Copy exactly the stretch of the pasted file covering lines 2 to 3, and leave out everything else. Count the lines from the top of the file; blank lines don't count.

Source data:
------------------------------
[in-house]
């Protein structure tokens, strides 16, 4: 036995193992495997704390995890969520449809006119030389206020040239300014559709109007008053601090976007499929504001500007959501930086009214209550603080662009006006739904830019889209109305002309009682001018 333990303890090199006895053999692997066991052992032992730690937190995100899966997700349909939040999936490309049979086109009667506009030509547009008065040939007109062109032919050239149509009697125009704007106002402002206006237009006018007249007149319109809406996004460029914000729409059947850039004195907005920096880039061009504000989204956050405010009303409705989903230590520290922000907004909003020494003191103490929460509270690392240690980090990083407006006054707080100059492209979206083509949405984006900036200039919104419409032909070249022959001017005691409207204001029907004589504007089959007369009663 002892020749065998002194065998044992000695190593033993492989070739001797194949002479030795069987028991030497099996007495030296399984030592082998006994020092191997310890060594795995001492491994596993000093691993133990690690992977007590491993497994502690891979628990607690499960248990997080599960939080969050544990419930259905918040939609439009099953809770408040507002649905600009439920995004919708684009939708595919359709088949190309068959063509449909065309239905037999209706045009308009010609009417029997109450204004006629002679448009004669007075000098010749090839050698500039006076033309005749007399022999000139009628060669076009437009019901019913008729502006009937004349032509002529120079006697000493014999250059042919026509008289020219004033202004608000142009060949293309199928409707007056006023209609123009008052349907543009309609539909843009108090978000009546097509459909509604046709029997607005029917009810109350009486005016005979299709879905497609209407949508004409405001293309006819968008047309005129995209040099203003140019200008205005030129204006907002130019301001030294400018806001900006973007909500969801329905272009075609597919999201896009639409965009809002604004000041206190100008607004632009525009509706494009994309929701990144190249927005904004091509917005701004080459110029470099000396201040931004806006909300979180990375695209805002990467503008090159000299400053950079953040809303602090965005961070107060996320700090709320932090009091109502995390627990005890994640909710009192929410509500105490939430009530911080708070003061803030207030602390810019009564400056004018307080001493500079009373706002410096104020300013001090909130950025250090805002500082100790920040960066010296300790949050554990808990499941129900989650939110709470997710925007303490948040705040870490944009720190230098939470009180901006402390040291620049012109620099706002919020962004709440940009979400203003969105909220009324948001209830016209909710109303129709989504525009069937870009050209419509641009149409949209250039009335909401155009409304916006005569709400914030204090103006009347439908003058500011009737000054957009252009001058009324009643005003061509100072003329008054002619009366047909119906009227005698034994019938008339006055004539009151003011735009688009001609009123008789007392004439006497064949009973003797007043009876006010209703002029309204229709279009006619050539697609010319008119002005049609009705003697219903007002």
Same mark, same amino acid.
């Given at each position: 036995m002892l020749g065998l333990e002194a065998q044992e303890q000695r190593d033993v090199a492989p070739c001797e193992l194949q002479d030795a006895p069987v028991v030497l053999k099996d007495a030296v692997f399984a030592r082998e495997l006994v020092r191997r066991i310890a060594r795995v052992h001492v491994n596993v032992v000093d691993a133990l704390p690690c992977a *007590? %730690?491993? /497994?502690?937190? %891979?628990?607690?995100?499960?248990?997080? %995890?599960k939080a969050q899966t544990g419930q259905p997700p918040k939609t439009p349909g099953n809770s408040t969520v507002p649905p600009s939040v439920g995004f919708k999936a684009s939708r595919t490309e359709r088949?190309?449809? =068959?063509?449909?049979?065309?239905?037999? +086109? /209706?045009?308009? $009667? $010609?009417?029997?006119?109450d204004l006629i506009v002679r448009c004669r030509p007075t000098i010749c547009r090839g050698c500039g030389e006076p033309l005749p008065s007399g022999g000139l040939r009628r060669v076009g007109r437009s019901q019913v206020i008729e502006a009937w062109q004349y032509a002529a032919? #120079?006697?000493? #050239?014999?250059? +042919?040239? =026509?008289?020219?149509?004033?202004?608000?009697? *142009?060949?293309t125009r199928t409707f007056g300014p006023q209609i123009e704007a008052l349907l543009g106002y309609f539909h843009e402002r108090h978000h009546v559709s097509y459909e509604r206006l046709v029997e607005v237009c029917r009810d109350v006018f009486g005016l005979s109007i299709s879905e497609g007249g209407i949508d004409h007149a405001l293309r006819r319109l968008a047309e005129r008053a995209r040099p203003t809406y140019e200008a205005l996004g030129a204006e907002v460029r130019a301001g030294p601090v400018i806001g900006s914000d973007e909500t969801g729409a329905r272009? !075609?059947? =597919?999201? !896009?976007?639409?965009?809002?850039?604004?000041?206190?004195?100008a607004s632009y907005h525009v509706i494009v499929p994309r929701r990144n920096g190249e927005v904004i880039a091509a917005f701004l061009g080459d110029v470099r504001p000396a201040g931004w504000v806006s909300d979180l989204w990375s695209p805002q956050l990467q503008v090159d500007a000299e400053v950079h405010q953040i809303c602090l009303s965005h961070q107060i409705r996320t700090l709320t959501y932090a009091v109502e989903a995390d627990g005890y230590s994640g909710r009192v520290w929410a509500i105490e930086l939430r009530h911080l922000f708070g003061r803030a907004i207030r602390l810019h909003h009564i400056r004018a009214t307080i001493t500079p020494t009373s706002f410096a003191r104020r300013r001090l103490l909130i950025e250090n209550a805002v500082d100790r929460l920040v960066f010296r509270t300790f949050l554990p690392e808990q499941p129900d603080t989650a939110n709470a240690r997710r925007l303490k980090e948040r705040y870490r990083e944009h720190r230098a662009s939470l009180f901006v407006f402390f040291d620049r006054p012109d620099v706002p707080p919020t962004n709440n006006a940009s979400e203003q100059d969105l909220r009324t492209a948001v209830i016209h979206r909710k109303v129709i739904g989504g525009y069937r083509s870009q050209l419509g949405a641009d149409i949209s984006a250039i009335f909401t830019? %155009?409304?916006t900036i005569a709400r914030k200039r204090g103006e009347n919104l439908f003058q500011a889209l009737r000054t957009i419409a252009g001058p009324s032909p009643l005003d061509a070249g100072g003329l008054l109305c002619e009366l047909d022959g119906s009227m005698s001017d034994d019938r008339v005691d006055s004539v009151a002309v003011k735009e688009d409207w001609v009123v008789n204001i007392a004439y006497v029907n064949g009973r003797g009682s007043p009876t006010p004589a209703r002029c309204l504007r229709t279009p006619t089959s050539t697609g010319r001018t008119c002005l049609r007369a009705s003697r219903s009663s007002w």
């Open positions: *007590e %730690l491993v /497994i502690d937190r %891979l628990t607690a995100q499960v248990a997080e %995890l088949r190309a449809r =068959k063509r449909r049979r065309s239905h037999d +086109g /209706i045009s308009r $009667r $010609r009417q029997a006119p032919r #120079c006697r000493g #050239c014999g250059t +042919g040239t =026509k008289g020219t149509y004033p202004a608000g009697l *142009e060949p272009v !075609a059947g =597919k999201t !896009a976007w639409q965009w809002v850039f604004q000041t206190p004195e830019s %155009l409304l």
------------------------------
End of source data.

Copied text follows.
């Protein structure tokens, strides 16, 4: 036995193992495997704390995890969520449809006119030389206020040239300014559709109007008053601090976007499929504001500007959501930086009214209550603080662009006006739904830019889209109305002309009682001018 333990303890090199006895053999692997066991052992032992730690937190995100899966997700349909939040999936490309049979086109009667506009030509547009008065040939007109062109032919050239149509009697125009704007106002402002206006237009006018007249007149319109809406996004460029914000729409059947850039004195907005920096880039061009504000989204956050405010009303409705989903230590520290922000907004909003020494003191103490929460509270690392240690980090990083407006006054707080100059492209979206083509949405984006900036200039919104419409032909070249022959001017005691409207204001029907004589504007089959007369009663 002892020749065998002194065998044992000695190593033993492989070739001797194949002479030795069987028991030497099996007495030296399984030592082998006994020092191997310890060594795995001492491994596993000093691993133990690690992977007590491993497994502690891979628990607690499960248990997080599960939080969050544990419930259905918040939609439009099953809770408040507002649905600009439920995004919708684009939708595919359709088949190309068959063509449909065309239905037999209706045009308009010609009417029997109450204004006629002679448009004669007075000098010749090839050698500039006076033309005749007399022999000139009628060669076009437009019901019913008729502006009937004349032509002529120079006697000493014999250059042919026509008289020219004033202004608000142009060949293309199928409707007056006023209609123009008052349907543009309609539909843009108090978000009546097509459909509604046709029997607005029917009810109350009486005016005979299709879905497609209407949508004409405001293309006819968008047309005129995209040099203003140019200008205005030129204006907002130019301001030294400018806001900006973007909500969801329905272009075609597919999201896009639409965009809002604004000041206190100008607004632009525009509706494009994309929701990144190249927005904004091509917005701004080459110029470099000396201040931004806006909300979180990375695209805002990467503008090159000299400053950079953040809303602090965005961070107060996320700090709320932090009091109502995390627990005890994640909710009192929410509500105490939430009530911080708070003061803030207030602390810019009564400056004018307080001493500079009373706002410096104020300013001090909130950025250090805002500082100790920040960066010296300790949050554990808990499941129900989650939110709470997710925007303490948040705040870490944009720190230098939470009180901006402390040291620049012109620099706002919020962004709440940009979400203003969105909220009324948001209830016209909710109303129709989504525009069937870009050209419509641009149409949209250039009335909401155009409304916006005569709400914030204090103006009347439908003058500011009737000054957009252009001058009324009643005003061509100072003329008054002619009366047909119906009227005698034994019938008339006055004539009151003011735009688009001609009123008789007392004439006497064949009973003797007043009876006010209703002029309204229709279009006619050539697609010319008119002005049609009705003697219903007002």
Same mark, same amino acid.